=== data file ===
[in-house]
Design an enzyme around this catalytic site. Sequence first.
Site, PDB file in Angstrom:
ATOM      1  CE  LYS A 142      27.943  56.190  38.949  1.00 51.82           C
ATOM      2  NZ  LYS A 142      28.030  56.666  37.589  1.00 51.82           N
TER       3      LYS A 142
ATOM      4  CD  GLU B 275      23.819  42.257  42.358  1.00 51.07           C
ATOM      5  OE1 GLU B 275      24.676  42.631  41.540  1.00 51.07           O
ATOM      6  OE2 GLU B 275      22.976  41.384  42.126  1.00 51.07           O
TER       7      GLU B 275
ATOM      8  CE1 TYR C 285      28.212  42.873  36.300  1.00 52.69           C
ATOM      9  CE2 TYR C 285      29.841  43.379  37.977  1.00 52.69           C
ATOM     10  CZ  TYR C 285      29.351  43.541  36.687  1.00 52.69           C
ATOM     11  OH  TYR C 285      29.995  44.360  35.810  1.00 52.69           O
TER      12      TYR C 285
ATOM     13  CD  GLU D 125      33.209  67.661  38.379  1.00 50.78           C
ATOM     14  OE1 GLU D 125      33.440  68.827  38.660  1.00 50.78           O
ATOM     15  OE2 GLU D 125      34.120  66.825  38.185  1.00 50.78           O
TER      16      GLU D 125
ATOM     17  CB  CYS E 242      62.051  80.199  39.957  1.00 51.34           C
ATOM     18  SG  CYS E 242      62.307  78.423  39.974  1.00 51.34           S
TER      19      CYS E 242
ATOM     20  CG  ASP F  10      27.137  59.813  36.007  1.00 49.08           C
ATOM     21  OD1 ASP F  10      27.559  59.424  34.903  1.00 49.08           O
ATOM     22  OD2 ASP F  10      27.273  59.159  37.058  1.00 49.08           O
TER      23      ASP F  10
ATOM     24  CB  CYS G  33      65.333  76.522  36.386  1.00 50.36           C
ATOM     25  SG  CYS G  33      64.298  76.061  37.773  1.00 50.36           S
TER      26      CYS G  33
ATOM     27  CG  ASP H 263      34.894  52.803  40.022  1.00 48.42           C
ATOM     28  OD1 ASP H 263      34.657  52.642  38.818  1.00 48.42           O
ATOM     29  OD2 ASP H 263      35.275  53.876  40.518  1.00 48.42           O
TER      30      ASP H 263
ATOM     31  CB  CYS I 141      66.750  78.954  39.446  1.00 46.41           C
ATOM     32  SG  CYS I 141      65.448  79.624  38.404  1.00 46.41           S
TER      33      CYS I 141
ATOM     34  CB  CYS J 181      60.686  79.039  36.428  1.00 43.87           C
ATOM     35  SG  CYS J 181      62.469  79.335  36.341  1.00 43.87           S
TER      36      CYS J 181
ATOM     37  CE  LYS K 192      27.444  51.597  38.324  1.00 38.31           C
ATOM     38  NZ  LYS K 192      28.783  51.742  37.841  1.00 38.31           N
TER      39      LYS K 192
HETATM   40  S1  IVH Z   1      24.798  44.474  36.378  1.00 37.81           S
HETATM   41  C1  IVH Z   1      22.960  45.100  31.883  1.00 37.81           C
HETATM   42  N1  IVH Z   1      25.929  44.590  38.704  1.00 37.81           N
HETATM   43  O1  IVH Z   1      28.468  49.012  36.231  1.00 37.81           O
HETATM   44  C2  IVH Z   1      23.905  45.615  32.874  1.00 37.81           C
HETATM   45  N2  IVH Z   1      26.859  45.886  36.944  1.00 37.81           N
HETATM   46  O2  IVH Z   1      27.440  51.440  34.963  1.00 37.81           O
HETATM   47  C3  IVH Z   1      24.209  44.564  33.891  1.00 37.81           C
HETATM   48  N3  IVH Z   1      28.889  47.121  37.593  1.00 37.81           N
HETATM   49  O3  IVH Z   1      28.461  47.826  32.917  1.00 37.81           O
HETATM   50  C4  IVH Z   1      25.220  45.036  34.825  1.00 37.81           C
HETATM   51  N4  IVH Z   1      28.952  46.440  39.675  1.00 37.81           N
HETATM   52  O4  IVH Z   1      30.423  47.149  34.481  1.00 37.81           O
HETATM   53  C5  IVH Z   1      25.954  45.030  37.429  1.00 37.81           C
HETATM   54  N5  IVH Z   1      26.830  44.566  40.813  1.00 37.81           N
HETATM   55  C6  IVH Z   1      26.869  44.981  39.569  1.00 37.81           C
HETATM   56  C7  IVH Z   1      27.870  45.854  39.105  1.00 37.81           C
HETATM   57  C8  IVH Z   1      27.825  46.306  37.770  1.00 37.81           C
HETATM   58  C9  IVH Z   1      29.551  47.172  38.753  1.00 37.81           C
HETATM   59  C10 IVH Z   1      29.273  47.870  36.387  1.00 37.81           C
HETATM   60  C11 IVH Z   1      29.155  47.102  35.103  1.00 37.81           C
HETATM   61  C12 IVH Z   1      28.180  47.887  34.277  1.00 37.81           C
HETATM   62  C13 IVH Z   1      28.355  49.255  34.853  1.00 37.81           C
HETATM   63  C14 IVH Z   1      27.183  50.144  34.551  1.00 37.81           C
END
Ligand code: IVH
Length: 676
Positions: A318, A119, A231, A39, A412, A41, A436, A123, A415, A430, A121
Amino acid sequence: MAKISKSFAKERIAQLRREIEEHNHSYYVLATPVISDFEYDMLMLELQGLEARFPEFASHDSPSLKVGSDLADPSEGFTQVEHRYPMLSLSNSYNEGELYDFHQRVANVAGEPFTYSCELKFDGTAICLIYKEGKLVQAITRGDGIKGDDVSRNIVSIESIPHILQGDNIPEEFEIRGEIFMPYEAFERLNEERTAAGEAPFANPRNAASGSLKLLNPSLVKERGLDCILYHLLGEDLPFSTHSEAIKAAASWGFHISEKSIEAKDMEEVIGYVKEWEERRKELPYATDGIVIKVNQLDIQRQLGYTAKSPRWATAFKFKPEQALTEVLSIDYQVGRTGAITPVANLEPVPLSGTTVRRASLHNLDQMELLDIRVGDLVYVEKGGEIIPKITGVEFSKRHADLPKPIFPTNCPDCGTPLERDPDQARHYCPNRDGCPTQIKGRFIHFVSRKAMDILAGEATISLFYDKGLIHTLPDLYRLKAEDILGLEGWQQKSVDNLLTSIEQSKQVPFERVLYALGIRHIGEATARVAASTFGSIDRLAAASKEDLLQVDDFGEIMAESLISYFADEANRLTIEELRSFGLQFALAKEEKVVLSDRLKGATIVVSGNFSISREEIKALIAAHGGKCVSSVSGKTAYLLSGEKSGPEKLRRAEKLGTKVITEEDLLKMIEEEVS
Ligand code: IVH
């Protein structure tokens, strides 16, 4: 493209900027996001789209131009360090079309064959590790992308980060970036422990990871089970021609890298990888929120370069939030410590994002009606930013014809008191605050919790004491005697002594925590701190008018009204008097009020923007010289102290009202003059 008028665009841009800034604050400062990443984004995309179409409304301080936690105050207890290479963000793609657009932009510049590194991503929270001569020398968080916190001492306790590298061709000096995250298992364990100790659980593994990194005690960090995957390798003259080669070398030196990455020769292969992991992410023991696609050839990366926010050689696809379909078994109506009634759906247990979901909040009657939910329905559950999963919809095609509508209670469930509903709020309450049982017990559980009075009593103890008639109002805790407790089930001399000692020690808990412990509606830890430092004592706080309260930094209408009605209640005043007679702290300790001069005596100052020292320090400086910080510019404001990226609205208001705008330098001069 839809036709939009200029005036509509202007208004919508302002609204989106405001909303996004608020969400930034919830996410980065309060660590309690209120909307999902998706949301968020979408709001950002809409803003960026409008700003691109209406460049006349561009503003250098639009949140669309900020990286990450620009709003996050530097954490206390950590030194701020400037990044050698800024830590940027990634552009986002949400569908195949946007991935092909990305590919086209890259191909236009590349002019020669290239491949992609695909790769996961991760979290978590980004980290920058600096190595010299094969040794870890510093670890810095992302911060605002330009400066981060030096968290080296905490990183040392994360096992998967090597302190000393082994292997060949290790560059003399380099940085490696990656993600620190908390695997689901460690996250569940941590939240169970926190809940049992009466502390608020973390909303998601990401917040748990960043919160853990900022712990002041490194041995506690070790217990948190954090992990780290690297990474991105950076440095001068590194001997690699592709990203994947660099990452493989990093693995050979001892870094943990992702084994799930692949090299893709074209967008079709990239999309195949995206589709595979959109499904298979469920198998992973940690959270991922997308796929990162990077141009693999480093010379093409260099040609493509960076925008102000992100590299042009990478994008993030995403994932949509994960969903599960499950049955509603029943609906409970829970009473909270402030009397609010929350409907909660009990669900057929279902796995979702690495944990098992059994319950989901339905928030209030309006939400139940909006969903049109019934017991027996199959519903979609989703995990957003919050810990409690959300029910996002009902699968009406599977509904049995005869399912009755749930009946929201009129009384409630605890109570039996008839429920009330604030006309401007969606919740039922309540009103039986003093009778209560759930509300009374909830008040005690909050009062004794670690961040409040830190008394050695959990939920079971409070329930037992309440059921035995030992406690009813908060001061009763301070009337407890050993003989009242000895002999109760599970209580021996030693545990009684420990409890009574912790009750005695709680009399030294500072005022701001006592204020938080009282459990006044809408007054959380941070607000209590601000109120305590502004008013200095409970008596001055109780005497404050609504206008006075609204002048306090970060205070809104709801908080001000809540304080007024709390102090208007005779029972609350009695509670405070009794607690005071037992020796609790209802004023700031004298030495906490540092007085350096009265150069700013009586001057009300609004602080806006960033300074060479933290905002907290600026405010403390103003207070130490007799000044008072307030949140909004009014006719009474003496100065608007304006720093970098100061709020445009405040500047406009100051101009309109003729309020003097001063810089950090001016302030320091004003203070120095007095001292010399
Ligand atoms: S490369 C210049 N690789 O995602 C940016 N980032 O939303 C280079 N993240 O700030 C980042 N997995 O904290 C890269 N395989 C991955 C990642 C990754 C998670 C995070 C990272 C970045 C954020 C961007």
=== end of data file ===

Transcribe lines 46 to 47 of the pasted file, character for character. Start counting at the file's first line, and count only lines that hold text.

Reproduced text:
HETATM   43  O1  IVH Z   1      28.468  49.012  36.231  1.00 37.81           O
HETATM   44  C2  IVH Z   1      23.905  45.615  32.874  1.00 37.81           C